Huggy Bear

My father was a hugger. Actually, I should say he is a hugger. As far as I know, Dad will still welcome those he loves with a warm embrace.

That is the culture in which I was raised. My dad placed a high value in the worth of a hug. To him, it communicated something that could not be exchanged in words. It instilled a sense of acceptance, joy, and respect wrapped inside his arms.

It rubbed off on me. By the time I was in high school, I was willing to deliver a hug to anyone who needed it. The trait came in handy when an earthquake shook the auditorium during the final dress rehearsal of Neil Simon’s Rumors in the spring of my junior year when cast and crew members needed a hug, a shoulder to lean on from someone with a clear head that could tell them, “Everything is going to be all right.”

Times have changed. I have grown older and perhaps a little more cynical. Life experiences and emotional wounds have transformed me. These days I am less like a koala bear and more like a polar bear. I prefer colder temperatures, growl a lot, and can be a bit of a loner.

Photo courtesy of ZME Science

Sure, I still give hugs but they are more reserved for my kids, my parents, or my brother. My natural inclination is to keep everyone else at arm’s length. Greet with a high-five, a handshake, or a subtle nod that says “hey.”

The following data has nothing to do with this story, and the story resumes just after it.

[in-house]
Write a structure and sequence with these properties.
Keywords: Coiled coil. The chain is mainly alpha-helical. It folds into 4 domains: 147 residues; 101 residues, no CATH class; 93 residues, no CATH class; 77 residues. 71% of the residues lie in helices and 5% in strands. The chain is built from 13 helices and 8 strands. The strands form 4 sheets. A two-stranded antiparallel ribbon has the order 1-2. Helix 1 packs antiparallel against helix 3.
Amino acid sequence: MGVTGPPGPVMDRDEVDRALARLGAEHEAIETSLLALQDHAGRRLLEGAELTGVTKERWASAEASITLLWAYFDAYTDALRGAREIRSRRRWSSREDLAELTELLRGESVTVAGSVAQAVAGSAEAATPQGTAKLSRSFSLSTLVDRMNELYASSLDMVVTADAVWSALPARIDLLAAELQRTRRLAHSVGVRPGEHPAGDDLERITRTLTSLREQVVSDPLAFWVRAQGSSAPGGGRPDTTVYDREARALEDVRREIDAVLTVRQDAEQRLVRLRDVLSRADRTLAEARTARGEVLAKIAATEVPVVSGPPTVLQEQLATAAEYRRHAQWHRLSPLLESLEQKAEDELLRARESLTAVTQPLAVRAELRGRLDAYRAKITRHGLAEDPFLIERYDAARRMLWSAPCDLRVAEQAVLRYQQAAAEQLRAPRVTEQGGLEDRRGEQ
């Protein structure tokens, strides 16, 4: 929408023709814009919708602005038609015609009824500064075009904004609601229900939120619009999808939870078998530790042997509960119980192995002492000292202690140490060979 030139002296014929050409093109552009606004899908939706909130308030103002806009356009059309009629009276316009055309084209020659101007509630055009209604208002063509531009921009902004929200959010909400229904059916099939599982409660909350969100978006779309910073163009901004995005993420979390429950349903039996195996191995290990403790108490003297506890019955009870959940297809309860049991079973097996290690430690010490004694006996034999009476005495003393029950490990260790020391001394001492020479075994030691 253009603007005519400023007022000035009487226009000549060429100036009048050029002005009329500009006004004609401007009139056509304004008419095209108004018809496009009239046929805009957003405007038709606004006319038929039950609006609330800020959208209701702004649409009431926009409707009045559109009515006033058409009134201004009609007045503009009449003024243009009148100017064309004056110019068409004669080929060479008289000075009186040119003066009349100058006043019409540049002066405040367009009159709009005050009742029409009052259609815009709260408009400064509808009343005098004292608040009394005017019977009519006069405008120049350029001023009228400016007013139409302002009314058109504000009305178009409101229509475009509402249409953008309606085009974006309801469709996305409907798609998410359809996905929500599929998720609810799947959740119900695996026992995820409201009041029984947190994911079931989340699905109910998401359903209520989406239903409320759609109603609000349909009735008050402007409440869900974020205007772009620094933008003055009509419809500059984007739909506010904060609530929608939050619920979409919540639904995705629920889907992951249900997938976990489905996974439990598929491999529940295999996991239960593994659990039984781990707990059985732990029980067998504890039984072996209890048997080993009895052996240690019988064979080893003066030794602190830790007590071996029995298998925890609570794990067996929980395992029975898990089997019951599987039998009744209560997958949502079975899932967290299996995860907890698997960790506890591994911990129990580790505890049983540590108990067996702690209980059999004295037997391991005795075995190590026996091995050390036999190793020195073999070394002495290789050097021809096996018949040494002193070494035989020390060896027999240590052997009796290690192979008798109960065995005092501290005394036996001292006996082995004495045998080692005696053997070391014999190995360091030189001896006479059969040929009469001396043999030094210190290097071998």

Yet seasons pass and wounds heal. I am going through a personal evolution and find myself once again welcoming hugs from friends. Those awkward Christian side-hugs, the ‘we’re not too manly to hug’ bro-hugs, and full-frontal hugs that imply an unbreakable brotherhood.

While my digression from the way my dad raised me was a slow burn with no clear reason why, this road back has been quick with an identifiable culprit.

I blame my friend John.

He is the kind of man that will hug anyone. And he pulls it off with so much grace and genuine humility that there is nothing creepy or intrusive about it.

Suddenly, I have changed again. Now, I will accept a hug when walking around church. Or when I bump into friends downtown. Or at the end of my small group when I’m headed out the door to go home. Or when John walks up behind me at Subway and gives me a sneak-attack hug like the friendliest ninja you’ve ever met.

But it is not just John. It is the group of guys he and I are in. It is out-of-state friends who have promised to give me the biggest hug when we finally get to see each other. It is the people who have worn down my rough edges and encouraged me to be vulnerable again.

A funny thing happens with friends like that. When you surround yourself with the right kinds of people, they make you a better person.

To those friends who have welcomed this polar bear into your midst and awkwardly embraced me: thank you for teaching me to be more of a cuddly bear.

Photo courtesy of Metro UK

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